Students and faculty members in the College of Public Health work with the Pima County Health Department as contact tracers for the campus community. The fact that the testing error was caught in the contact tracing stage shows the university’s Test, Trace, Treat strategy is working, Dr. Robbins said.

“This is a sign that the Test, Trace, Treat ecosystem we’ve established is capable of self-correction,” Dr. Robbins said.

Antigen and polymerase chain reaction testing continues to be available for students living on and off campus, as well as employees. Antigen and PCR tests are both nasal swab tests used to detect an active COVID-19 infection.

Students who live on campus and test positive for COVID-19 are moved into an isolation dorm, and isolation beds also are available for off-campus students who need them, Dr. Robbins said. There are currently 90 on-campus students and one off-campus student in an isolation dorm, he said.

The university also continues its wastewater testing program, which can detect the presence of a virus in specific communities. Under the direction of Ian Pepper, PhD, director of the UArizona Water and Energy Sustainable Technology Center, professor of environmental science and public health, and a BIO5 Institute and Environment, Exposure Science and Risk Assessment Center member, dorms’ wastewater is being tested three times a week, Dr. Robbins said. When that testing returns a positive result for a given dorm, that dorm’s residents can then undergo individual testing.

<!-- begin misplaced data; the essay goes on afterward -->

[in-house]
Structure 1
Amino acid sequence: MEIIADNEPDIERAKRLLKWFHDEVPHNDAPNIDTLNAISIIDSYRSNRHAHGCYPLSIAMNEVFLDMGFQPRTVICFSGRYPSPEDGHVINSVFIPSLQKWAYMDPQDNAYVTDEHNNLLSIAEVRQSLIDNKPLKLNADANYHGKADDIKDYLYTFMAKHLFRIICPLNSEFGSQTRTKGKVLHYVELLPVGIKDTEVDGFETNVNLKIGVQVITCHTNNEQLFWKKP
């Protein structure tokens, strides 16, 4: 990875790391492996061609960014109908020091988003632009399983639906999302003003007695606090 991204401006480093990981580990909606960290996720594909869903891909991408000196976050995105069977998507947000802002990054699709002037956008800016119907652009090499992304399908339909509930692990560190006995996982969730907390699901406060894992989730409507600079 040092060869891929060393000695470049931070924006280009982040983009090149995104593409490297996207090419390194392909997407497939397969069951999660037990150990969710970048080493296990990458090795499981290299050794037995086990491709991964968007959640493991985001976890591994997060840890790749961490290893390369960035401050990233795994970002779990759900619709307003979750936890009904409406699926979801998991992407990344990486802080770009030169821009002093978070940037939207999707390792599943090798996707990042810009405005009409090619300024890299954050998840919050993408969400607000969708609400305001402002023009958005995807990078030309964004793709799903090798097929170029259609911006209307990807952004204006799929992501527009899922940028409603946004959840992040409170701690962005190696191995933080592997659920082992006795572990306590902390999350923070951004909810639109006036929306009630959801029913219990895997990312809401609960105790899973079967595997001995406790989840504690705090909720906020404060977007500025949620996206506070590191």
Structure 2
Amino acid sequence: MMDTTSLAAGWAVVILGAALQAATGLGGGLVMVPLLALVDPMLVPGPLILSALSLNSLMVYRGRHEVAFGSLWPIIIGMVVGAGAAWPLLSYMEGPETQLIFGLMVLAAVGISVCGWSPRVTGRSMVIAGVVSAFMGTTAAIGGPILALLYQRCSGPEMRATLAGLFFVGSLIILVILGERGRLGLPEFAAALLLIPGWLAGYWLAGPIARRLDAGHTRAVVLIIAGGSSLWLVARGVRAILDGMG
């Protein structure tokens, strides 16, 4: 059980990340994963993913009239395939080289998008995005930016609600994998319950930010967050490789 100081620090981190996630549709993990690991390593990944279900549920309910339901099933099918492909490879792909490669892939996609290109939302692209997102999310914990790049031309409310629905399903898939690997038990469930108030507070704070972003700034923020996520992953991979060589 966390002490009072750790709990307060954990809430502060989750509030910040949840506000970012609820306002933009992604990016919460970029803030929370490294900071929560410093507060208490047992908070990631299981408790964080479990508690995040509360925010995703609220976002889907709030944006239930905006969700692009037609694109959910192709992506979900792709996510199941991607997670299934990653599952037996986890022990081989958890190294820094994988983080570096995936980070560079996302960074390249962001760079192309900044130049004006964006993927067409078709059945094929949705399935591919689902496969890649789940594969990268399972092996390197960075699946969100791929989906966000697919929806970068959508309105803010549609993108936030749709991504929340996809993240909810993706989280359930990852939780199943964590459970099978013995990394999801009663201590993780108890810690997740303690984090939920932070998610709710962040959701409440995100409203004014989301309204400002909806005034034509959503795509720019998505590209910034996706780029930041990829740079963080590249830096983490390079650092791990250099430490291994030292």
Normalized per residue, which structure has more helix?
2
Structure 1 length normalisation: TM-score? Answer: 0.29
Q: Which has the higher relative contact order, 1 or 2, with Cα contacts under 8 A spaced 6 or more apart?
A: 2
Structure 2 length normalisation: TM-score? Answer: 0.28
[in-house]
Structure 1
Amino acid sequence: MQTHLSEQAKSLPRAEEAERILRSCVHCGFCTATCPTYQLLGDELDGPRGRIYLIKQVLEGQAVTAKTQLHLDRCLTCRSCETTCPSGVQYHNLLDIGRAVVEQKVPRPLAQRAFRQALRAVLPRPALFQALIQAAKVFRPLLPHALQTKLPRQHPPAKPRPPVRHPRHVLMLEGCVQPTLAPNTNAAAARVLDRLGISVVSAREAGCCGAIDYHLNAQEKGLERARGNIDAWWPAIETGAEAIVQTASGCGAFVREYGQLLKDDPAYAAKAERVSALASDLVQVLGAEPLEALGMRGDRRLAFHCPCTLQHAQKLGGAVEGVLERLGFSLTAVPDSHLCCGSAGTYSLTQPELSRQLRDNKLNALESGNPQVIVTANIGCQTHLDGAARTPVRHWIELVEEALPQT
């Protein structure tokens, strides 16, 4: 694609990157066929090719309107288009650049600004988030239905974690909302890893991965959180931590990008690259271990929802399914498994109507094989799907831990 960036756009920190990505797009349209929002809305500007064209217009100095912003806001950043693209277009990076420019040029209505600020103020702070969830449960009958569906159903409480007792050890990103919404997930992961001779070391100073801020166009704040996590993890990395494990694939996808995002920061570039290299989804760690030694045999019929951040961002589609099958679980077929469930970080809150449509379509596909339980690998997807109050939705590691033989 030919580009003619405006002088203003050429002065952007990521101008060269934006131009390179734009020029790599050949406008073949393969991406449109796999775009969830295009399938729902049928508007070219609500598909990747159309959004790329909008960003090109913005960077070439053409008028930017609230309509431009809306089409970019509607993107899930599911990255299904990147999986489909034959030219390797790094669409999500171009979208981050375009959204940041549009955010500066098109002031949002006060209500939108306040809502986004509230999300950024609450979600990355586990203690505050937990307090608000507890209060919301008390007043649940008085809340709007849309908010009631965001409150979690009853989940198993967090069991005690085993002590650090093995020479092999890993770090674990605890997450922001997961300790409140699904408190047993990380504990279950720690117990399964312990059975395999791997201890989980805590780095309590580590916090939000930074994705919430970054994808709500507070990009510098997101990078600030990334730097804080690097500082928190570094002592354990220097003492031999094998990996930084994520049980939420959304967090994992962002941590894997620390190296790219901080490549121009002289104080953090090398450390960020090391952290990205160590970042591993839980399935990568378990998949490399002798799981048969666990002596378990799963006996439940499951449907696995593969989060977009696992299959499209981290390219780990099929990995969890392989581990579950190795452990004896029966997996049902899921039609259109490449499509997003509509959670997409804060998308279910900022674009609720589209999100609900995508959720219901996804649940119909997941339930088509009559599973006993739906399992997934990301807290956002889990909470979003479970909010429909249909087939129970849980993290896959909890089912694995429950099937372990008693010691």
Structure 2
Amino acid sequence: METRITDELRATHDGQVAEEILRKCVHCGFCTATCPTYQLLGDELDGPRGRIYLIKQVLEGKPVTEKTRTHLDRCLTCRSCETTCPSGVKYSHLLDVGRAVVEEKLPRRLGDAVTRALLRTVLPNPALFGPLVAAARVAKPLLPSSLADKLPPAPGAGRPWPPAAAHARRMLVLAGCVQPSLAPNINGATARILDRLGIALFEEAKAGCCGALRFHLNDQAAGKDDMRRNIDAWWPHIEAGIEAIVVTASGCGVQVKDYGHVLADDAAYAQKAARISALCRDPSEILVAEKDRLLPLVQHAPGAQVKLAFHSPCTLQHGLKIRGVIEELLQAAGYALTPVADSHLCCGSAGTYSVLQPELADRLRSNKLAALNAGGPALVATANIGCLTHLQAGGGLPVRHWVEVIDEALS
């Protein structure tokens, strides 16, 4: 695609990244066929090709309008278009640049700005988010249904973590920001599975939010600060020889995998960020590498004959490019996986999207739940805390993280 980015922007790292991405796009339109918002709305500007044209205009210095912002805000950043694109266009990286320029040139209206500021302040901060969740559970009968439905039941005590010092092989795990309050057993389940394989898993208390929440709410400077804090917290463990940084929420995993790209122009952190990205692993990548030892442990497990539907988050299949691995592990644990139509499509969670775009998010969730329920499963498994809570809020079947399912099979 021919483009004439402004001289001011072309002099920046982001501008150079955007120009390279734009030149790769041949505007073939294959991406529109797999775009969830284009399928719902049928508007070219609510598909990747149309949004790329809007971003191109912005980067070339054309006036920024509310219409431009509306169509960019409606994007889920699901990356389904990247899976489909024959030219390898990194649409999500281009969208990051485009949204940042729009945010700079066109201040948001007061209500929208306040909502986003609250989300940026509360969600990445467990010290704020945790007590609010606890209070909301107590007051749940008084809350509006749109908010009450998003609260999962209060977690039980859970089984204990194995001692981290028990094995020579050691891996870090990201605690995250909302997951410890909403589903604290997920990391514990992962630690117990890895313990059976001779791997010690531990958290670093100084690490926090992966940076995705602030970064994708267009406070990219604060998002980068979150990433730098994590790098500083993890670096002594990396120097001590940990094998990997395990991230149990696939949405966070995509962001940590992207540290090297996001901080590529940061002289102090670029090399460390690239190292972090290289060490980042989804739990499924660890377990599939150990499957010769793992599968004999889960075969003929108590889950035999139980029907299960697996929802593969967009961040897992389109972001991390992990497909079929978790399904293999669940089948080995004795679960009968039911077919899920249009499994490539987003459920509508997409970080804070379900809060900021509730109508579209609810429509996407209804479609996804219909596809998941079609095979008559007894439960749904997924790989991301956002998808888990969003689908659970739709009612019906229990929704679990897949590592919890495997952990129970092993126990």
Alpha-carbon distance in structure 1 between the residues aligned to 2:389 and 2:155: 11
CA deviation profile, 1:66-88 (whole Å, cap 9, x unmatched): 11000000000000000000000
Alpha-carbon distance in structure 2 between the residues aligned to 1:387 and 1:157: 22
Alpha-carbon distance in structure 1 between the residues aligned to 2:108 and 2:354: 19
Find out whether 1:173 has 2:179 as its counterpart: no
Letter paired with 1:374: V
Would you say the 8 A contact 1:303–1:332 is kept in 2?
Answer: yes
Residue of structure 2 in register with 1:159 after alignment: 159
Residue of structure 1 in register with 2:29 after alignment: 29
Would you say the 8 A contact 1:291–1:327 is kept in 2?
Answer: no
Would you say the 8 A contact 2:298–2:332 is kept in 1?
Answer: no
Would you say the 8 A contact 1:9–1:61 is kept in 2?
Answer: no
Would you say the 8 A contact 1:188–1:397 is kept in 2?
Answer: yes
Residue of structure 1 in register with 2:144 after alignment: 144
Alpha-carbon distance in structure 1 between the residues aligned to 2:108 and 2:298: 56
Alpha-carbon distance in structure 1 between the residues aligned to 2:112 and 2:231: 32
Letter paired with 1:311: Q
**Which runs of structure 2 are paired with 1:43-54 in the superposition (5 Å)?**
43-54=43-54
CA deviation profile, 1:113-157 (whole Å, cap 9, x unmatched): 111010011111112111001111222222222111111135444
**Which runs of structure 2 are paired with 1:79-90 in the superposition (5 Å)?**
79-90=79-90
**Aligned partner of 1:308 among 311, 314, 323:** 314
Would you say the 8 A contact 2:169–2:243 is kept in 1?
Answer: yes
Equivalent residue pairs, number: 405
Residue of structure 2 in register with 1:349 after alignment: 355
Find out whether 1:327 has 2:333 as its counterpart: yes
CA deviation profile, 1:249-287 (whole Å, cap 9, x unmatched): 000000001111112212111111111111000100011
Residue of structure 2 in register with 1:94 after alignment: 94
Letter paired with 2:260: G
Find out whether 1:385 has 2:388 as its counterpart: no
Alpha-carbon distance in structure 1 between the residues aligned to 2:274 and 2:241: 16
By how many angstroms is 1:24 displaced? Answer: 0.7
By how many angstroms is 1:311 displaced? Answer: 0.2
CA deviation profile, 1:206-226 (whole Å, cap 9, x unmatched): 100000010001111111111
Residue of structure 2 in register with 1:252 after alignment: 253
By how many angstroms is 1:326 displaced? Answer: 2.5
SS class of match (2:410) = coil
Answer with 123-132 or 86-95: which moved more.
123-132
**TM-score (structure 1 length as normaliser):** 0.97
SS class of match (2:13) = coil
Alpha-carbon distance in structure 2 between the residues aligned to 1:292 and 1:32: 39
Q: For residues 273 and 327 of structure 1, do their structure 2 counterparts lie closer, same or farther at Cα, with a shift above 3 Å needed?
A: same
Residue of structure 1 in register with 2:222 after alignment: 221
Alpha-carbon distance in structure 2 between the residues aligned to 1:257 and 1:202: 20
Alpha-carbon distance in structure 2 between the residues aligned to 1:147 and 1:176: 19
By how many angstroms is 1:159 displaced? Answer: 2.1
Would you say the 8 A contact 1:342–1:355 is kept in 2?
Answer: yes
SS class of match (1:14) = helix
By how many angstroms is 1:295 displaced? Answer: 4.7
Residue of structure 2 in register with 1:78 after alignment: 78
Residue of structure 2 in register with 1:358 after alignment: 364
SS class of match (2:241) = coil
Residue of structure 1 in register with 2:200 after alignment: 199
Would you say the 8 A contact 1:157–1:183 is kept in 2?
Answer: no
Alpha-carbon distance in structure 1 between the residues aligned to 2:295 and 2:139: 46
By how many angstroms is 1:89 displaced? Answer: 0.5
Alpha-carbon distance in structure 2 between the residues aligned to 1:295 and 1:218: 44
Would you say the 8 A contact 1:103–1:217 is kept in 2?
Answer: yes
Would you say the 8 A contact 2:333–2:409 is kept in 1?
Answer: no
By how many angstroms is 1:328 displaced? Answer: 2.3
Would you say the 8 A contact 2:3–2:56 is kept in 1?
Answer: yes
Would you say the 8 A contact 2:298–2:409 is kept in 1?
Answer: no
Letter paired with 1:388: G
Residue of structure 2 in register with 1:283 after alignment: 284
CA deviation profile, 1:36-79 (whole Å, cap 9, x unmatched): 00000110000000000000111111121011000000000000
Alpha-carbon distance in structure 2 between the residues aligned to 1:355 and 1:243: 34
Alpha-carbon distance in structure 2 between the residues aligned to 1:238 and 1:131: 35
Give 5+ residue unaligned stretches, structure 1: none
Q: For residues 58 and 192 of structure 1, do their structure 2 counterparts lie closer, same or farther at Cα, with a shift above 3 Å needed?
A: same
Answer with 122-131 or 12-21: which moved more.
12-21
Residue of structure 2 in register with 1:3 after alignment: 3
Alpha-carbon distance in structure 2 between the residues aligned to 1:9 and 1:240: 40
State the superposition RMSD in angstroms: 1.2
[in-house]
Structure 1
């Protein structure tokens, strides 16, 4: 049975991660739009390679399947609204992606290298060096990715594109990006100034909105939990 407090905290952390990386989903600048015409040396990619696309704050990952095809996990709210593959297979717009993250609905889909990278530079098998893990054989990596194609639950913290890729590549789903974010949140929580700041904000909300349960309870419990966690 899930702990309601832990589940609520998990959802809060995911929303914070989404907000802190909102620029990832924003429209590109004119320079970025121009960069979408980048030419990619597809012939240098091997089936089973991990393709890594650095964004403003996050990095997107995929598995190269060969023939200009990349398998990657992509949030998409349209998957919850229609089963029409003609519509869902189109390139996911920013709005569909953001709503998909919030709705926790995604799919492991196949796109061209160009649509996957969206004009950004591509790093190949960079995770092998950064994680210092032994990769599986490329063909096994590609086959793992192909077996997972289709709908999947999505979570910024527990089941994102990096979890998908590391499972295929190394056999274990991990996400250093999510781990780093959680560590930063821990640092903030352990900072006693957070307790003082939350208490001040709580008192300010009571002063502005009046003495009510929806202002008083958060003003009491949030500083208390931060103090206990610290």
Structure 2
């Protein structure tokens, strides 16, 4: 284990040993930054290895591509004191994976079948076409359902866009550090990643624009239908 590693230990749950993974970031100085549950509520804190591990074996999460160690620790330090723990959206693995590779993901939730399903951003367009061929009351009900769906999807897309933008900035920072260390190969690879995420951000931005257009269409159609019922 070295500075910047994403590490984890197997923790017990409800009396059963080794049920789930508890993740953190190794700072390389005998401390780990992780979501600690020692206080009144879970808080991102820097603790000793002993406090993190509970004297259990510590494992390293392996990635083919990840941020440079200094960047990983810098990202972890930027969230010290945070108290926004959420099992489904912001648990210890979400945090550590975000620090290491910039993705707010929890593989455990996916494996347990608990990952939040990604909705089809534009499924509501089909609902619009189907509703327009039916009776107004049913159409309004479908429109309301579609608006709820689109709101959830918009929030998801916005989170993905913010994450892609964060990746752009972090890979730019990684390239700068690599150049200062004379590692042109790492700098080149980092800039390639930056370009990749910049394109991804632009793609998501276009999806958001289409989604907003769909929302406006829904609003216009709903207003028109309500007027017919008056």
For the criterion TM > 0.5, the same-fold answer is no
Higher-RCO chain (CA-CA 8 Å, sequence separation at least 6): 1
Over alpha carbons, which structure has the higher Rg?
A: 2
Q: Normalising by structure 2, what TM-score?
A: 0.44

Dr. Robbins urged the campus community to continue complying with public health protocols and he also stressed importance of getting a flu shot as the regular flu season approaches amid the pandemic.

“We need to do everything we can to minimize the spread of this very, highly contagious and transmittable virus that can be deadly, especially to the most vulnerable population,” he said.

Click here to view video from the Sept. 9, 2020, Campus Reentry Briefing on YouTube.

The UArizona Health Sciences COVID-19 Research webpage can be found here.

For the latest on the University of Arizona response to the novel coronavirus, visit the university’s COVID-19 webpage.